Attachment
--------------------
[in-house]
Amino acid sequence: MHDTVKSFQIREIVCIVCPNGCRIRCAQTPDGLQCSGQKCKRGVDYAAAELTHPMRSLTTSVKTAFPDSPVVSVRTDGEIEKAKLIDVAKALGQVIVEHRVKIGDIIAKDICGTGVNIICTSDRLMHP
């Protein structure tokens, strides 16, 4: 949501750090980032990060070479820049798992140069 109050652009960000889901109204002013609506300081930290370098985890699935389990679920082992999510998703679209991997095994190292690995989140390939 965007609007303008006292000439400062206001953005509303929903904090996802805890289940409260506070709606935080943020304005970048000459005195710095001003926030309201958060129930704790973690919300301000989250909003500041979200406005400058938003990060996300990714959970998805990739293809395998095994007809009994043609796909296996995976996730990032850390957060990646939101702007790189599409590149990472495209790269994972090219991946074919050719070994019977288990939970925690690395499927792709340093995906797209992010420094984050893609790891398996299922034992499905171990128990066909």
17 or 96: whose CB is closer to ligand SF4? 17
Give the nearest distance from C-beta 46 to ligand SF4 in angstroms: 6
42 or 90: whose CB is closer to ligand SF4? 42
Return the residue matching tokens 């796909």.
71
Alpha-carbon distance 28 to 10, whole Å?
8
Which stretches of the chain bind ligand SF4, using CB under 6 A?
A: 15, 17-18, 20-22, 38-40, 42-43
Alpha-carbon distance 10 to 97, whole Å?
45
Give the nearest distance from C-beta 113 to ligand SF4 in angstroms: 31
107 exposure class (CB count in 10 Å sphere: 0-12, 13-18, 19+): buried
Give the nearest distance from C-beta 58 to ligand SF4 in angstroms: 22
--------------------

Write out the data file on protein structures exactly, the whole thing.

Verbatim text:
[in-house]
Amino acid sequence: MHDTVKSFQIREIVCIVCPNGCRIRCAQTPDGLQCSGQKCKRGVDYAAAELTHPMRSLTTSVKTAFPDSPVVSVRTDGEIEKAKLIDVAKALGQVIVEHRVKIGDIIAKDICGTGVNIICTSDRLMHP
């Protein structure tokens, strides 16, 4: 949501750090980032990060070479820049798992140069 109050652009960000889901109204002013609506300081930290370098985890699935389990679920082992999510998703679209991997095994190292690995989140390939 965007609007303008006292000439400062206001953005509303929903904090996802805890289940409260506070709606935080943020304005970048000459005195710095001003926030309201958060129930704790973690919300301000989250909003500041979200406005400058938003990060996300990714959970998805990739293809395998095994007809009994043609796909296996995976996730990032850390957060990646939101702007790189599409590149990472495209790269994972090219991946074919050719070994019977288990939970925690690395499927792709340093995906797209992010420094984050893609790891398996299922034992499905171990128990066909």
17 or 96: whose CB is closer to ligand SF4? 17
Give the nearest distance from C-beta 46 to ligand SF4 in angstroms: 6
42 or 90: whose CB is closer to ligand SF4? 42
Return the residue matching tokens 């796909």.
71
Alpha-carbon distance 28 to 10, whole Å?
8
Which stretches of the chain bind ligand SF4, using CB under 6 A?
A: 15, 17-18, 20-22, 38-40, 42-43
Alpha-carbon distance 10 to 97, whole Å?
45
Give the nearest distance from C-beta 113 to ligand SF4 in angstroms: 31
107 exposure class (CB count in 10 Å sphere: 0-12, 13-18, 19+): buried
Give the nearest distance from C-beta 58 to ligand SF4 in angstroms: 22